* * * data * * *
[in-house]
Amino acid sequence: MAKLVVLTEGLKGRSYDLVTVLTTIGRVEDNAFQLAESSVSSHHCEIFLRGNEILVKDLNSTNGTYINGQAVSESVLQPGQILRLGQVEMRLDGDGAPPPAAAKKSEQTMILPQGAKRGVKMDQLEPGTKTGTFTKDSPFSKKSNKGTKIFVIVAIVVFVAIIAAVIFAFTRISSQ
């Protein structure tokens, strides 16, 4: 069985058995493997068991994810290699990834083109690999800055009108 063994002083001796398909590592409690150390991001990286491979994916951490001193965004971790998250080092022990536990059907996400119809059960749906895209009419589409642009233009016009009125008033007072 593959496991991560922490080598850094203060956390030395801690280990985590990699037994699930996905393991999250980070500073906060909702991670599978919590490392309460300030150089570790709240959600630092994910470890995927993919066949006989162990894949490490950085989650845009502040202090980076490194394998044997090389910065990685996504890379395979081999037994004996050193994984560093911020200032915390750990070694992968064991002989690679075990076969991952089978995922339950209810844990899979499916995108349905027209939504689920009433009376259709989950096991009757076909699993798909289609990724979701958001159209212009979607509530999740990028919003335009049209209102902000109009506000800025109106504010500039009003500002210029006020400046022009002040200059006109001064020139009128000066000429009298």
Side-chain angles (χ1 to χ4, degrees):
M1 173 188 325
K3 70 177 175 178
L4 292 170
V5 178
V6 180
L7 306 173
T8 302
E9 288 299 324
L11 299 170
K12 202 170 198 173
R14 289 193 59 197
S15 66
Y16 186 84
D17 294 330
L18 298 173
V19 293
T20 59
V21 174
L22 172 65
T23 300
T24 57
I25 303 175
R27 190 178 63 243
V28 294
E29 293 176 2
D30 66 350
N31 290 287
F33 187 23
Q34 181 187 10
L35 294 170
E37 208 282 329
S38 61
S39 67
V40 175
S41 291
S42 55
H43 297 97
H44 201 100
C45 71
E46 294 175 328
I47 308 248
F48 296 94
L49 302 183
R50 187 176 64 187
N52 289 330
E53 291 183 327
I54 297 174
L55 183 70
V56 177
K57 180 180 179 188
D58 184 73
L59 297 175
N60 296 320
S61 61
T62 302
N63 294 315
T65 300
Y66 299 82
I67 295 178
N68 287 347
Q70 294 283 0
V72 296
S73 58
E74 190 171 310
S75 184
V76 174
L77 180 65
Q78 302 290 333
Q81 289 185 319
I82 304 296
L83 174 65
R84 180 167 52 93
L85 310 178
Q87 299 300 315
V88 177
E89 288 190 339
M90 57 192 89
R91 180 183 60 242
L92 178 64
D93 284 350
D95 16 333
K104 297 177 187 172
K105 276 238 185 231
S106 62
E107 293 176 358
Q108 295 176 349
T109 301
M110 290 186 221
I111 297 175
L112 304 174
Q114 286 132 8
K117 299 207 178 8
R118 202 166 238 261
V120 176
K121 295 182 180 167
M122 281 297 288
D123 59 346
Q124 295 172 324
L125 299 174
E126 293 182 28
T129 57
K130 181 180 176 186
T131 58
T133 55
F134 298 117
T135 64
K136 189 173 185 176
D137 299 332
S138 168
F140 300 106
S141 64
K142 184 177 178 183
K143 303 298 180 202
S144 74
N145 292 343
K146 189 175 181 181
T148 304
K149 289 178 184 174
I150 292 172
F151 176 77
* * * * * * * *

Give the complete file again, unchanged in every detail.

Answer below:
[in-house]
Amino acid sequence: MAKLVVLTEGLKGRSYDLVTVLTTIGRVEDNAFQLAESSVSSHHCEIFLRGNEILVKDLNSTNGTYINGQAVSESVLQPGQILRLGQVEMRLDGDGAPPPAAAKKSEQTMILPQGAKRGVKMDQLEPGTKTGTFTKDSPFSKKSNKGTKIFVIVAIVVFVAIIAAVIFAFTRISSQ
């Protein structure tokens, strides 16, 4: 069985058995493997068991994810290699990834083109690999800055009108 063994002083001796398909590592409690150390991001990286491979994916951490001193965004971790998250080092022990536990059907996400119809059960749906895209009419589409642009233009016009009125008033007072 593959496991991560922490080598850094203060956390030395801690280990985590990699037994699930996905393991999250980070500073906060909702991670599978919590490392309460300030150089570790709240959600630092994910470890995927993919066949006989162990894949490490950085989650845009502040202090980076490194394998044997090389910065990685996504890379395979081999037994004996050193994984560093911020200032915390750990070694992968064991002989690679075990076969991952089978995922339950209810844990899979499916995108349905027209939504689920009433009376259709989950096991009757076909699993798909289609990724979701958001159209212009979607509530999740990028919003335009049209209102902000109009506000800025109106504010500039009003500002210029006020400046022009002040200059006109001064020139009128000066000429009298």
Side-chain angles (χ1 to χ4, degrees):
M1 173 188 325
K3 70 177 175 178
L4 292 170
V5 178
V6 180
L7 306 173
T8 302
E9 288 299 324
L11 299 170
K12 202 170 198 173
R14 289 193 59 197
S15 66
Y16 186 84
D17 294 330
L18 298 173
V19 293
T20 59
V21 174
L22 172 65
T23 300
T24 57
I25 303 175
R27 190 178 63 243
V28 294
E29 293 176 2
D30 66 350
N31 290 287
F33 187 23
Q34 181 187 10
L35 294 170
E37 208 282 329
S38 61
S39 67
V40 175
S41 291
S42 55
H43 297 97
H44 201 100
C45 71
E46 294 175 328
I47 308 248
F48 296 94
L49 302 183
R50 187 176 64 187
N52 289 330
E53 291 183 327
I54 297 174
L55 183 70
V56 177
K57 180 180 179 188
D58 184 73
L59 297 175
N60 296 320
S61 61
T62 302
N63 294 315
T65 300
Y66 299 82
I67 295 178
N68 287 347
Q70 294 283 0
V72 296
S73 58
E74 190 171 310
S75 184
V76 174
L77 180 65
Q78 302 290 333
Q81 289 185 319
I82 304 296
L83 174 65
R84 180 167 52 93
L85 310 178
Q87 299 300 315
V88 177
E89 288 190 339
M90 57 192 89
R91 180 183 60 242
L92 178 64
D93 284 350
D95 16 333
K104 297 177 187 172
K105 276 238 185 231
S106 62
E107 293 176 358
Q108 295 176 349
T109 301
M110 290 186 221
I111 297 175
L112 304 174
Q114 286 132 8
K117 299 207 178 8
R118 202 166 238 261
V120 176
K121 295 182 180 167
M122 281 297 288
D123 59 346
Q124 295 172 324
L125 299 174
E126 293 182 28
T129 57
K130 181 180 176 186
T131 58
T133 55
F134 298 117
T135 64
K136 189 173 185 176
D137 299 332
S138 168
F140 300 106
S141 64
K142 184 177 178 183
K143 303 298 180 202
S144 74
N145 292 343
K146 189 175 181 181
T148 304
K149 289 178 184 174
I150 292 172
F151 176 77